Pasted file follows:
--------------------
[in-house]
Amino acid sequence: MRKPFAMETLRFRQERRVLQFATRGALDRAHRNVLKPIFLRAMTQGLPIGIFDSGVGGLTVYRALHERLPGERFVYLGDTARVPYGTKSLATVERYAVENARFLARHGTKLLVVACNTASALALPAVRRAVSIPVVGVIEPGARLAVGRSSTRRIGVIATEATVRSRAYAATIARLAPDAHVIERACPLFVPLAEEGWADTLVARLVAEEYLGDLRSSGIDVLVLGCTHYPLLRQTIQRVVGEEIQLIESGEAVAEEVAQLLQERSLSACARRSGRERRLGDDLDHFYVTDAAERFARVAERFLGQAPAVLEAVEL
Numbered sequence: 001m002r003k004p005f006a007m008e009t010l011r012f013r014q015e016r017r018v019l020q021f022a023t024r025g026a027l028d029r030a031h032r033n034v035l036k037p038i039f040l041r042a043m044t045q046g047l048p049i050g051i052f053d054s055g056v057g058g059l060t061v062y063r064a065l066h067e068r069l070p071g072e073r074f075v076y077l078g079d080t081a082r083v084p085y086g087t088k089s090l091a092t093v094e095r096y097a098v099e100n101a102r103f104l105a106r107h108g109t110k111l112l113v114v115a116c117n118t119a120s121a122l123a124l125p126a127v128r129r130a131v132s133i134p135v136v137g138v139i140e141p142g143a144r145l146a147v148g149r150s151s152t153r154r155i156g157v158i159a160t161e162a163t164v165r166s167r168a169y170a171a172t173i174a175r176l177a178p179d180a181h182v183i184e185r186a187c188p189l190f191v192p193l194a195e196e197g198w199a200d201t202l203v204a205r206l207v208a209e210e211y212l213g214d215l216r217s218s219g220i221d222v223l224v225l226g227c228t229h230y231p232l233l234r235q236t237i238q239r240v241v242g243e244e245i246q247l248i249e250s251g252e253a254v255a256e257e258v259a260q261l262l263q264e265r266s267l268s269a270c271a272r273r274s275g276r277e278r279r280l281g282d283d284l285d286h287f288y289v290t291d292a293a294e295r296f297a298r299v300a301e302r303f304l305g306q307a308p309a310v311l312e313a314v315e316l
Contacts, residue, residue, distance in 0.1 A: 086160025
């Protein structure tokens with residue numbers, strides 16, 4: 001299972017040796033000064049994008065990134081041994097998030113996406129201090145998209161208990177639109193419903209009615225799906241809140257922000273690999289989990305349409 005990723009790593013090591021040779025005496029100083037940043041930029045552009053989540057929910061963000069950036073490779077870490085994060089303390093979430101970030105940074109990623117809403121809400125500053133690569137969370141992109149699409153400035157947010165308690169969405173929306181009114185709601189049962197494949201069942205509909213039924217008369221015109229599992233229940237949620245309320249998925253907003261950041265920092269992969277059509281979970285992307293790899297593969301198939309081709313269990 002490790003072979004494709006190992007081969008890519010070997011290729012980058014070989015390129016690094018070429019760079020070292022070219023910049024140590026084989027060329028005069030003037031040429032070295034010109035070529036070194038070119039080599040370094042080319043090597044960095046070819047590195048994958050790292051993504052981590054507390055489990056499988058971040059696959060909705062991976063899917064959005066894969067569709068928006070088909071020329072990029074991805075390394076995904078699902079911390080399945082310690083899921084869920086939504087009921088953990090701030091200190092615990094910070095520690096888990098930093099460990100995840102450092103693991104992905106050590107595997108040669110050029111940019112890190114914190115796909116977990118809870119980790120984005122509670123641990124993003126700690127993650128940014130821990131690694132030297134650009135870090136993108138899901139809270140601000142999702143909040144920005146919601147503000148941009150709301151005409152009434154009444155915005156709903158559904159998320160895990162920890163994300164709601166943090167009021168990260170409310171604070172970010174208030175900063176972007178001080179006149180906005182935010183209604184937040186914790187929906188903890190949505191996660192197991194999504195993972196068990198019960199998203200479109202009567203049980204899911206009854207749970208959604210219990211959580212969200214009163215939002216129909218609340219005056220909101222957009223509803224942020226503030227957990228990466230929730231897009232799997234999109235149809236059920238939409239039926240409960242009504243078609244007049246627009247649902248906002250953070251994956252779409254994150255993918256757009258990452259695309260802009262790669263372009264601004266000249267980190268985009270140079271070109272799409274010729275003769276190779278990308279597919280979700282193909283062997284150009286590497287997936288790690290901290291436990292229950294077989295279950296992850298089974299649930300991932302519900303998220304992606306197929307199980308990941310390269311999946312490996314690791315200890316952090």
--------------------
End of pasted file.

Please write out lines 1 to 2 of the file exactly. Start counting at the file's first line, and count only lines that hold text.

[in-house]
Amino acid sequence: MRKPFAMETLRFRQERRVLQFATRGALDRAHRNVLKPIFLRAMTQGLPIGIFDSGVGGLTVYRALHERLPGERFVYLGDTARVPYGTKSLATVERYAVENARFLARHGTKLLVVACNTASALALPAVRRAVSIPVVGVIEPGARLAVGRSSTRRIGVIATEATVRSRAYAATIARLAPDAHVIERACPLFVPLAEEGWADTLVARLVAEEYLGDLRSSGIDVLVLGCTHYPLLRQTIQRVVGEEIQLIESGEAVAEEVAQLLQERSLSACARRSGRERRLGDDLDHFYVTDAAERFARVAERFLGQAPAVLEAVEL